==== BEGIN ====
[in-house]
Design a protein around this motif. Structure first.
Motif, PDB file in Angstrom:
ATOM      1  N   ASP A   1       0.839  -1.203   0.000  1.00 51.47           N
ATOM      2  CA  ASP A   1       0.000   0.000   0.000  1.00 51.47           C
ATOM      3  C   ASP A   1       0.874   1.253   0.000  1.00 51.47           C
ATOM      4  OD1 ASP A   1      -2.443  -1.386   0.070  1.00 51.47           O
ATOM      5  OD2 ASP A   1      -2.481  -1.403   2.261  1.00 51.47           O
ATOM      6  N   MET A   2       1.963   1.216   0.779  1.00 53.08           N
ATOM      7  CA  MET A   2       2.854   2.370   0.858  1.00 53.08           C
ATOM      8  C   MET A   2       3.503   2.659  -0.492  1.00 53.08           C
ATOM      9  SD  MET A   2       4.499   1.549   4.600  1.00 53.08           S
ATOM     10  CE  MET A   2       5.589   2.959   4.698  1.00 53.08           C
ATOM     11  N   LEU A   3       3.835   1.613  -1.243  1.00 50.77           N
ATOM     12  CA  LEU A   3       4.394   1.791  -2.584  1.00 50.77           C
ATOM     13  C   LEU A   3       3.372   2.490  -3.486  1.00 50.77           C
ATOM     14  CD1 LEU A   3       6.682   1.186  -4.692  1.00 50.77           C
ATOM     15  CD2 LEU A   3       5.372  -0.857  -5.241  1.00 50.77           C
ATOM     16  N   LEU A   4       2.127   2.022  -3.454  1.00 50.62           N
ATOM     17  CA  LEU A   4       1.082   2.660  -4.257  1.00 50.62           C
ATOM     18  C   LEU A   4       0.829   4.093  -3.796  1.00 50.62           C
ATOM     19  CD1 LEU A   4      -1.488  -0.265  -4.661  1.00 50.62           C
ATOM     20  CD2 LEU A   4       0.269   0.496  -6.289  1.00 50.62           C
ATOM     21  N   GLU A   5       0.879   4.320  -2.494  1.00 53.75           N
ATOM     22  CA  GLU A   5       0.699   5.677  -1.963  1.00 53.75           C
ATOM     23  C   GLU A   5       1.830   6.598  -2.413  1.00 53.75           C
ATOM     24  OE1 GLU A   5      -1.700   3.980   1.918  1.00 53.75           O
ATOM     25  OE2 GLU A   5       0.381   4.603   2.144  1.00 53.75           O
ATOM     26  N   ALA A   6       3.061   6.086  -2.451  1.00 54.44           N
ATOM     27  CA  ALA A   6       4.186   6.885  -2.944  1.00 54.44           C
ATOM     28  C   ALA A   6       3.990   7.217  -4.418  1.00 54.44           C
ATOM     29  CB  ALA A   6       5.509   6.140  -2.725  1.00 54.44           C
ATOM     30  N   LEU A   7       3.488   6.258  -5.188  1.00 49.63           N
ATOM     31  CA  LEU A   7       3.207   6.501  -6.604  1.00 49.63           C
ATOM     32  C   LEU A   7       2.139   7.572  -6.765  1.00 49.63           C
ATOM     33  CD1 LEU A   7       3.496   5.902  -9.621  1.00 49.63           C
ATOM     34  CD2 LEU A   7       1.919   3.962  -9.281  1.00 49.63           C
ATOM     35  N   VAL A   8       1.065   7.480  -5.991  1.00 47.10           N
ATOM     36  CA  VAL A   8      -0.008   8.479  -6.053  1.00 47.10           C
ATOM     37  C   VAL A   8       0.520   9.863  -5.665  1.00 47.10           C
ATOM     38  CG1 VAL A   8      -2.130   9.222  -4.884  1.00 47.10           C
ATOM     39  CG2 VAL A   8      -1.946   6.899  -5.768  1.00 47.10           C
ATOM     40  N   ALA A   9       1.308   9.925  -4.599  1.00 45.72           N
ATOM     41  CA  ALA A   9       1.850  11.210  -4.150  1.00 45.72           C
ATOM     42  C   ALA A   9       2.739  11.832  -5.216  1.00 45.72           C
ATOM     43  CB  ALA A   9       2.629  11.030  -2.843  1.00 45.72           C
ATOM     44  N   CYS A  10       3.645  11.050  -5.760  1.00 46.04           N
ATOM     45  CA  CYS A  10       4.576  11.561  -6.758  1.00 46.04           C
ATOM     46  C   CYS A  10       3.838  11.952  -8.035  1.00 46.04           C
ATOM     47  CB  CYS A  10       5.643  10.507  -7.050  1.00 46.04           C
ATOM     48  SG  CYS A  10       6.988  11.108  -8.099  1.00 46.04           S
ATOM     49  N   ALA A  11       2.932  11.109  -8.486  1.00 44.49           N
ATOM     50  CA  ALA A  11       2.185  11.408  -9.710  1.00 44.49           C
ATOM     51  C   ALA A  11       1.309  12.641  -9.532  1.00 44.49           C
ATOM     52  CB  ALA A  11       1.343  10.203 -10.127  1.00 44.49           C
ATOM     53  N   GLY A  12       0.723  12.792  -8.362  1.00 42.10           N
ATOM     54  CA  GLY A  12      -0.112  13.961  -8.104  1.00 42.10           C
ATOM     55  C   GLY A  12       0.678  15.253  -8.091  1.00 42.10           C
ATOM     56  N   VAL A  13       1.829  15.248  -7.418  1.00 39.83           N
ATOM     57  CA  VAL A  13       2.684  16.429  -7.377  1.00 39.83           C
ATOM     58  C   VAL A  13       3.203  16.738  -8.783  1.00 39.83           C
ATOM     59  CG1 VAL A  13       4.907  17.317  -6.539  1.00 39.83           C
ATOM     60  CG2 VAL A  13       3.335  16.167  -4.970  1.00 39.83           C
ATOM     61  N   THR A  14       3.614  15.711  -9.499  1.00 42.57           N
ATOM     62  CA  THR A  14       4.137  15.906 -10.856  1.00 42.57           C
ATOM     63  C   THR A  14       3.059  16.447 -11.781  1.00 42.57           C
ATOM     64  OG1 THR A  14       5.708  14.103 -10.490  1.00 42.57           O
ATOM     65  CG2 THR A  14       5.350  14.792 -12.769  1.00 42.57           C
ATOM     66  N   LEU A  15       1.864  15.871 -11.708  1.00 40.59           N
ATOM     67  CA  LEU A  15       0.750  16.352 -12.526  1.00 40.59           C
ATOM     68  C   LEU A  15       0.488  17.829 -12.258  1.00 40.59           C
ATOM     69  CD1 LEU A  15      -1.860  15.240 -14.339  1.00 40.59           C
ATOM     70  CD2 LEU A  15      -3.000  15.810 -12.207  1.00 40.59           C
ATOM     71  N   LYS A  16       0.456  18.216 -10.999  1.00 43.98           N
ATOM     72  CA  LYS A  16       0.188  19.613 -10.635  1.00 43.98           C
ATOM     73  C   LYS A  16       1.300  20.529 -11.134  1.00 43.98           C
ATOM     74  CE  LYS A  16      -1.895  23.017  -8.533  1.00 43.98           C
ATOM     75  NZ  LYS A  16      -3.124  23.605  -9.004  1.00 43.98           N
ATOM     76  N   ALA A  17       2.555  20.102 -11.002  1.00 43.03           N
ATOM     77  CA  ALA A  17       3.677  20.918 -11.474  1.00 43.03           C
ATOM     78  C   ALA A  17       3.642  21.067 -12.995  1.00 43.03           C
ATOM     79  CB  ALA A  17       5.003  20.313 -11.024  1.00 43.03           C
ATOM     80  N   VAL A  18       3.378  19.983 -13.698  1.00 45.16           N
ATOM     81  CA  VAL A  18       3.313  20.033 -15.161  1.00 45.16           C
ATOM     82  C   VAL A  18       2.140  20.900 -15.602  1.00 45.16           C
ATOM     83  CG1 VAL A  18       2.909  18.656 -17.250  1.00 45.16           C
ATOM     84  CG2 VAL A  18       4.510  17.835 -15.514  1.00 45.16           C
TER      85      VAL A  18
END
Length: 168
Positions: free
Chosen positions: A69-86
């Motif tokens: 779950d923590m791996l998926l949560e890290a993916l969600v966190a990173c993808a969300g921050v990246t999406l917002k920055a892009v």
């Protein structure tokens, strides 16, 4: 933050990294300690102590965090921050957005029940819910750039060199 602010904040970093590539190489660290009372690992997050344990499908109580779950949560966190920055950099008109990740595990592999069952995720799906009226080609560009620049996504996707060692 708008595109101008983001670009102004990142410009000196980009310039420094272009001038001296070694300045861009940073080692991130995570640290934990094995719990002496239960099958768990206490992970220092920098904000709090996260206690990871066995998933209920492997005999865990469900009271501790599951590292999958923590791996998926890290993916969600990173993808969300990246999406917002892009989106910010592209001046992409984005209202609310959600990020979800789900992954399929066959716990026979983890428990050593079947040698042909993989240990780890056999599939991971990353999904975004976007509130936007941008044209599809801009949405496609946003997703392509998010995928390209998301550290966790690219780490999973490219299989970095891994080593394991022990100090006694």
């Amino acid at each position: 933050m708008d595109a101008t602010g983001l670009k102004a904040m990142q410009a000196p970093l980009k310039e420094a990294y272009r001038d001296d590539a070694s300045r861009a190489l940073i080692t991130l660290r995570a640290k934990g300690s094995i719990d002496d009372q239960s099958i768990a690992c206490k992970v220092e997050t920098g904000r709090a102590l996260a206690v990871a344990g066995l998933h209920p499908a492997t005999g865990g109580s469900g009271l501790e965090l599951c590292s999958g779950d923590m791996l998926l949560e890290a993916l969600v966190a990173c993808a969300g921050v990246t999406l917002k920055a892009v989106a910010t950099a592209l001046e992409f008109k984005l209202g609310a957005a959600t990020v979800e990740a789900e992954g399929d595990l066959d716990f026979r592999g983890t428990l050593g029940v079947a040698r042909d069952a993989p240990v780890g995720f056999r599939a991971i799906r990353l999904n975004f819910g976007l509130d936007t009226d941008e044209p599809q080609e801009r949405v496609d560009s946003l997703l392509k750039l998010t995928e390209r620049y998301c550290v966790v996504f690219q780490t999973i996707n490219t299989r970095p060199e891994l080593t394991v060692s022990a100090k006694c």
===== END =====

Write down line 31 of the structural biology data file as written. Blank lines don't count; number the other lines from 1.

ATOM     28  C   ALA A   6       3.990   7.217  -4.418  1.00 54.44           C